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Gluskin Sheff chief economist David Rosenberg.

Deborah Baic/The Globe and Mail

Canada's ability to outshine its neighbour to the south will extend beyond Olympic hockey this year, says David Rosenberg.

The chief economist with Gluskin Sheff says our stock market is trading at an "epic" discount to the U.S. and is poised to outperform.

His message to investors: start taking profits on U.S. stock holdings and redeploy the proceeds to more attractively priced Canadian stocks.

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A lot of his case rests on the PEG ratio. Popularized by legendary U.S. fund manager Peter Lynch, it's calculated by dividing the price-to-earnings ratio by earnings growth rates over a specified period of time. The lower the PEG ratio, the more a security or market may be undervalued given its earnings performance. Generally, a PEG ratio of 1 or less signals a potential buy for investors. A ratio well above 1 suggests a security or market is richly priced.

Inside the Market readers may recall that Mr. Rosenberg last November cited the disparty in the two country's PEG ratios as a reason to buy the Canadian market over the U.S. At that time, the TSX PEG ratio was near 1 - or fair value - and the S&P 500 was at 1.38 times.

Since then, the TSX has grown to become an even better buy relative to the U.S. using the measure. When looking at three year price-to-earnings against the three-year consensus earnings per share growth rates, the TSX PEG ratio is now 0.92 times. The S&P 500 is at a much higher 1.33 times.

"Now, I can either ask you to be the judge or I can ask you to do the arithmetic and you will see that the Canadian stock market now trades at an epic 30 per cent discount to the U.S.," Mr. Rosenberg said in his Breakfast with Dave daily research note this morning.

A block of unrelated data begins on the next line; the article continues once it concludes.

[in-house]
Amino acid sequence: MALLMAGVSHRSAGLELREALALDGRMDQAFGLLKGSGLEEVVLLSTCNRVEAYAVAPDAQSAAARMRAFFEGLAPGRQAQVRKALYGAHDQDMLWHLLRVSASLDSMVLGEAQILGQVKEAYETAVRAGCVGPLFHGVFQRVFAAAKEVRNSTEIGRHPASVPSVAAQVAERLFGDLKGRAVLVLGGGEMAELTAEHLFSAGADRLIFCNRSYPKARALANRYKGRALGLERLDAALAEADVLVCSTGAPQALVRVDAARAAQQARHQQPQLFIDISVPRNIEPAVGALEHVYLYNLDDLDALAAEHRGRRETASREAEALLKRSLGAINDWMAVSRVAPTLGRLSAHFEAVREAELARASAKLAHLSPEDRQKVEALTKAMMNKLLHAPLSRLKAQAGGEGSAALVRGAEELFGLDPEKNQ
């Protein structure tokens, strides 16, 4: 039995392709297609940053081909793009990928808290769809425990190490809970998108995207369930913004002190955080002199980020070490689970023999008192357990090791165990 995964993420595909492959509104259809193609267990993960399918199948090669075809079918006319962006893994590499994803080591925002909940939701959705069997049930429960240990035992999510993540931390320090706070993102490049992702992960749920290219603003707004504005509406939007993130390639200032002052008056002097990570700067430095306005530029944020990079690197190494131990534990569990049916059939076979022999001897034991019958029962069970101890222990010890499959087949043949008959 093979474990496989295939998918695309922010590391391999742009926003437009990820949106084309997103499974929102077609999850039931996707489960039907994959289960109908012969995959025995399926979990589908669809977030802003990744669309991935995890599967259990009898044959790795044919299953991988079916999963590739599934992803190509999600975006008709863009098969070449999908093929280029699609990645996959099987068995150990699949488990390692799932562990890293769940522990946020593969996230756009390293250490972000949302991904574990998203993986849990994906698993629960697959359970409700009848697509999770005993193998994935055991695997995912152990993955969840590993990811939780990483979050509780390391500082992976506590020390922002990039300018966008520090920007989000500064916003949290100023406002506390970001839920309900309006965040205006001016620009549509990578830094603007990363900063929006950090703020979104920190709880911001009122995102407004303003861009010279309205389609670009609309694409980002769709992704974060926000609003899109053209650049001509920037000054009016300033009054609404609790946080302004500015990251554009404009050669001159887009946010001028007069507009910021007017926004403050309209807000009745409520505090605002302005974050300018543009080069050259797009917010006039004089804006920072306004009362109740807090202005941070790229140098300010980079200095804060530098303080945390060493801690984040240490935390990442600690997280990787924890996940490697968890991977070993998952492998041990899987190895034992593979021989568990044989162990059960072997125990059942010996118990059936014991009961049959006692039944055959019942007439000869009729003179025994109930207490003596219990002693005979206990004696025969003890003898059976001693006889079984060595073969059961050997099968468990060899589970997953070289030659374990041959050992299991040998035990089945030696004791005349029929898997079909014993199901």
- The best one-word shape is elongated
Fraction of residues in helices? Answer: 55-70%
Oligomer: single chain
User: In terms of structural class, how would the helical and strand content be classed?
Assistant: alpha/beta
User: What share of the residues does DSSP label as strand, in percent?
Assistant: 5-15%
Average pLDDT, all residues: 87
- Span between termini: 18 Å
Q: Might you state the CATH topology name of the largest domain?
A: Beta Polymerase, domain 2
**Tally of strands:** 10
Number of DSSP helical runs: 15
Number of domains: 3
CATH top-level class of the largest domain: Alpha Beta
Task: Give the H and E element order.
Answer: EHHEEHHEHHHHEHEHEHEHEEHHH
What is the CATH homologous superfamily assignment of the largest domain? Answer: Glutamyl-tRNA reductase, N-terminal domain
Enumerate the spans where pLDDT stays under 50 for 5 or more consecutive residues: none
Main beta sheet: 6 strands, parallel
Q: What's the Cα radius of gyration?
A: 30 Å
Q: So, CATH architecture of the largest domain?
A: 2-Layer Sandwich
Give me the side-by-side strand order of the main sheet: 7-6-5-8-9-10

"In other words, time to start taking profits on that once-booming U.S. equity market and redeploy the proceeds in the more attractively priced Canadian landscape."

He notes that just about every sector commands a "superior" PEG ratio in Canada, including energy, financials, industrials, consumer stables and cyclicals.

If you want to go bargain hunting, he offers this lesson on using the PEG ratio: "Ultimately, equity investors seek to invest in growth. So if a company has a 20 P/E ratio but a 30 per cent earnings stream, it is actually an under-priced stock. You want to buy it. Its price/earnings-to-growth ratio or PEG is less than 1 (0.67 times) You are getting paid to take on that growth! Just as in reverse, a company may have a 10 times P/E multiple, and may look cheap. But if its future EPS growth is just 5 per cent per annum, then it commands a 2 times PEG and as such what looks cheap is rather richly priced."

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